Residents of a Nile island claimed to be “under siege” due to severe shortages.
Witnesses reported seeing battles raging in Sudan’s war-torn capital of Khartoum on Tuesday, and residents of a Nile island claimed to be “under siege” due to severe shortages.
Witnesses once more described “the sound of heavy artillery fire” in northern Khartoum, despite numerous violated ceasefires providing a brief calm.
There were “clashes with various types of weapons” in south Khartoum, where “the sound of explosions shook our walls,” according to witnesses.
The island of Tuti is “under total siege” by RSF forces in the city’s center, at the meeting of the White Nile and the Blue Nile rivers, according to resident Mohammed Youssef, who spoke to AFP.
The lone bridge leading to the island has been closed up by paramilitaries, preventing inhabitants from traveling by boat to other areas of the city.
“We can’t move anyone who’s sick to hospitals off the island,” Youssef said, adding that if this continues, “stores will run out of food.”
According to the Armed Conflict Location and Event Data Project, more than 1,800 people have died since the violence started on April 15.
The situation is dire in the western region of Darfur, which is home to almost a quarter of Sudan’s people and has never fully recovered from a horrific two-decade war that left hundreds of thousands dead and more than two million displaced.
“We face a massive humanitarian crisis that is only going to get worse with the collapse of the economy and the health care system,” the International Federation of Red Cross and Red Crescent Societies (IFRC) warned today.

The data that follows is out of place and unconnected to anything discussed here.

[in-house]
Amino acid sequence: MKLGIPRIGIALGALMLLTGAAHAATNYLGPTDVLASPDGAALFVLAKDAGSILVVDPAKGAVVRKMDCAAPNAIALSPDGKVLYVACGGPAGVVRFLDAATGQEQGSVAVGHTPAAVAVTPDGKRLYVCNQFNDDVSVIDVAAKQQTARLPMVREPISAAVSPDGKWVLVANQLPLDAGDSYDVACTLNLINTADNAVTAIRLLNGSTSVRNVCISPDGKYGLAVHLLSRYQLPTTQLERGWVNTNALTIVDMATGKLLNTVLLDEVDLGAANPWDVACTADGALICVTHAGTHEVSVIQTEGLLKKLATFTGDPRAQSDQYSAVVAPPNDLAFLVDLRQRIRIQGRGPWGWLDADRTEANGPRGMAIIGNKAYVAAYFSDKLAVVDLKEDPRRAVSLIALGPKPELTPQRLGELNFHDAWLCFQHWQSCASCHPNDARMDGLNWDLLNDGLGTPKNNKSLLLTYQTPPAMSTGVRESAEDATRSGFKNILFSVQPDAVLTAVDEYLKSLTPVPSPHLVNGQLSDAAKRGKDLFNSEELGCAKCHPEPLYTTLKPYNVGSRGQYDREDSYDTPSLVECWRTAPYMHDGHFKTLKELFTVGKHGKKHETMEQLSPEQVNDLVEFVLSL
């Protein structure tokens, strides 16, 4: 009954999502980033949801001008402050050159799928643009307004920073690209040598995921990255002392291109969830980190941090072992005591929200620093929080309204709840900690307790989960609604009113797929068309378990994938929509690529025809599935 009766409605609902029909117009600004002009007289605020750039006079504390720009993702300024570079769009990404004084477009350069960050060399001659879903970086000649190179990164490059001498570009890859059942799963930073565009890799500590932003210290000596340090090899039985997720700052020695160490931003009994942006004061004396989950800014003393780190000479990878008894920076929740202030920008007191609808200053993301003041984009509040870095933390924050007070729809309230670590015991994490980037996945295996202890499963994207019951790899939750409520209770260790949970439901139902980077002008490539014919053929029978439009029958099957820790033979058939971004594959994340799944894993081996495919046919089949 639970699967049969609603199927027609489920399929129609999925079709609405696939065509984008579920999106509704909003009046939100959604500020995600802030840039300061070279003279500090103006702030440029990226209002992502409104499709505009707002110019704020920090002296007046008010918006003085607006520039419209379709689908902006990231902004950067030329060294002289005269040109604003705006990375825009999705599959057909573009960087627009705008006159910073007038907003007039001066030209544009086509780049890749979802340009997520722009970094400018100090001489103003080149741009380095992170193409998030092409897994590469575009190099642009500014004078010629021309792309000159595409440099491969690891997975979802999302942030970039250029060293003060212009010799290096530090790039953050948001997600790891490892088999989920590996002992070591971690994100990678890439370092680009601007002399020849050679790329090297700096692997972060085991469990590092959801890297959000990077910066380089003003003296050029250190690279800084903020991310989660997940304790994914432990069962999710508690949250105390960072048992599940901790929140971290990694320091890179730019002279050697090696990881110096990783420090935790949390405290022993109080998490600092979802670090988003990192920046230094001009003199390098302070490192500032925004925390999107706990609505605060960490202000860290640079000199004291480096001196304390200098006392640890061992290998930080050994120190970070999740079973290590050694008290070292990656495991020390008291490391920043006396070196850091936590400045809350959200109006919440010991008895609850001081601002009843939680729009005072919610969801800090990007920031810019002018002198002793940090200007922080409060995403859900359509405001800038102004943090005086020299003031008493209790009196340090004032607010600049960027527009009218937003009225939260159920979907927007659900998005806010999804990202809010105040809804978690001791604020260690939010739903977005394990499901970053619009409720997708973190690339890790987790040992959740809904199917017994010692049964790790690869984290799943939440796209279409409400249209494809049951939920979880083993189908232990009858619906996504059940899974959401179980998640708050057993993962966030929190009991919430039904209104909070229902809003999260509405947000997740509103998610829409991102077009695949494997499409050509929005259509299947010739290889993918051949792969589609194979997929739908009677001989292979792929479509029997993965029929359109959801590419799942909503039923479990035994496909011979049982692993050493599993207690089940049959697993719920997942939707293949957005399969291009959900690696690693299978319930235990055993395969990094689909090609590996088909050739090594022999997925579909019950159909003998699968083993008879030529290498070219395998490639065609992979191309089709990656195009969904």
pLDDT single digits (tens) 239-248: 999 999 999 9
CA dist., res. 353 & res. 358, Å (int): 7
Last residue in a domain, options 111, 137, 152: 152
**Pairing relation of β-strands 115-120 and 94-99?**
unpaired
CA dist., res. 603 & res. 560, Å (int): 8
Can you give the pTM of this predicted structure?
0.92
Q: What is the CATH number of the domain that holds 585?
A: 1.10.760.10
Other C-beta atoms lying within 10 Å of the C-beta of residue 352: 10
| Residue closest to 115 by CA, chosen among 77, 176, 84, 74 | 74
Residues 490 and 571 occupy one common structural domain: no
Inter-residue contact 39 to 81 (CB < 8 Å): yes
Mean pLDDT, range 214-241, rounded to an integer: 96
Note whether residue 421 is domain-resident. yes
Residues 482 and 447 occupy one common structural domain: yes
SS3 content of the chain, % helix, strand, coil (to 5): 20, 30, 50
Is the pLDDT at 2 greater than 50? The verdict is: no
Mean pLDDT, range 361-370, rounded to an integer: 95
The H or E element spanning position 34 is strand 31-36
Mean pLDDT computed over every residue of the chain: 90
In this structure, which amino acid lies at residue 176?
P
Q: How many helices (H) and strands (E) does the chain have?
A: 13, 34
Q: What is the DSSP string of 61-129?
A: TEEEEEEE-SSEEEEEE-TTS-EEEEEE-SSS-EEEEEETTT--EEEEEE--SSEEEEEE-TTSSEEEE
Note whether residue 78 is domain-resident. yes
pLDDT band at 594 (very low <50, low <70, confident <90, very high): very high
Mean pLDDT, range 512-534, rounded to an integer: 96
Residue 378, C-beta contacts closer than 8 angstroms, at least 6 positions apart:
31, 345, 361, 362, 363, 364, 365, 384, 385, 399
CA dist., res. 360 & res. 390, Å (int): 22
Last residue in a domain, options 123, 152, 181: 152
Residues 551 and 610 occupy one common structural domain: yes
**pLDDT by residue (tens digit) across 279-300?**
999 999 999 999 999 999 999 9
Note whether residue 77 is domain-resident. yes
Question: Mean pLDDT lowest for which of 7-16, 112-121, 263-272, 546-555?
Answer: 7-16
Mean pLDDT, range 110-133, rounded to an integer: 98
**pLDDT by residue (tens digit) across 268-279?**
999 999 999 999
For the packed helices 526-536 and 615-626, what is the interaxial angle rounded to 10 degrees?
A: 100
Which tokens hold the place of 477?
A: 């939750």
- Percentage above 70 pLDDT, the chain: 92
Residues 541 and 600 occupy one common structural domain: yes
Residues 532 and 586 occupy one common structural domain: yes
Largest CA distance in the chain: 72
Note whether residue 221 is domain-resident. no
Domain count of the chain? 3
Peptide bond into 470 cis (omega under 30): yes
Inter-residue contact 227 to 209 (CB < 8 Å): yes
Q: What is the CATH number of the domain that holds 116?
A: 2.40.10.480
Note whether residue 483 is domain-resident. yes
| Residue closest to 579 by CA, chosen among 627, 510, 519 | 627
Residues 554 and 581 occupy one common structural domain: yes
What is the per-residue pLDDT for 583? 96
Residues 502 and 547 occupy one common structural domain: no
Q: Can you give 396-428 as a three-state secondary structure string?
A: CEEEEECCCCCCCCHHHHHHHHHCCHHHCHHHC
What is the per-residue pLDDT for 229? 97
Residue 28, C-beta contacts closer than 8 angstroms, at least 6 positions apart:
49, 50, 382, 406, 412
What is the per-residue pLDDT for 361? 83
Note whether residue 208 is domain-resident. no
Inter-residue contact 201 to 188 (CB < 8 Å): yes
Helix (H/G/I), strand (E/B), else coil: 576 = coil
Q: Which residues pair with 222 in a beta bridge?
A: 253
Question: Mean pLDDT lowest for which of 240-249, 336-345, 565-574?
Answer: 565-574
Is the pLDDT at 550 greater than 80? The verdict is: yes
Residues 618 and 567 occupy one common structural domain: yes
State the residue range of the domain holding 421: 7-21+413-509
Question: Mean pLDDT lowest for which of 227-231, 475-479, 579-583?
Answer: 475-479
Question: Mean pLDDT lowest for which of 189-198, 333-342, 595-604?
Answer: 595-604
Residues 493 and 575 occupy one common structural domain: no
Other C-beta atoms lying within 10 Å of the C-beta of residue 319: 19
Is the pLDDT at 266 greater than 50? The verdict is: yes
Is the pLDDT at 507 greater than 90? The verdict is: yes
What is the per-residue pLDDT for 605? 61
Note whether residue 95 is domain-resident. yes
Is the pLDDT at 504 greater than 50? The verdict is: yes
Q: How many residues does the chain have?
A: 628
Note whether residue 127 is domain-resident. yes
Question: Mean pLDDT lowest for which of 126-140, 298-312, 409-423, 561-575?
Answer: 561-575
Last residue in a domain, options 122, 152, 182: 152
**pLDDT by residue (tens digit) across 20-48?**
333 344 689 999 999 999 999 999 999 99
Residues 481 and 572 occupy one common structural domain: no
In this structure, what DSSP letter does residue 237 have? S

With “the flood season fast approaching and the looming hunger crisis and disease outbreaks that now are becoming more inevitable,” the danger will increase.
The annual rainy season in Sudan starts in June, and doctors have frequently warned that it might render some areas of the nation inaccessible, increasing the danger of waterborne illnesses like malaria and cholera.
According to the UN, around 25 million people, or more than half the population, are currently in need of assistance and safety.
More than 425,000 individuals have escaped to other nations; more than 100,000 have gone to Chad in the west and 170,000 to Egypt in the north.
According to the IFRC, there’s an “urgent need for a massive injection of funds” to aid individuals escaping the violence.
As the conflict shows no signs of stopping, the UN has also made a financial appeal.
Last week, after a truce negotiated by the US and Saudi Arabia crumbled and the army abandoned ceasefire negotiations, Washington imposed sanctions on the two warring generals, attributing blame for the “appalling bloodshed” to both sides.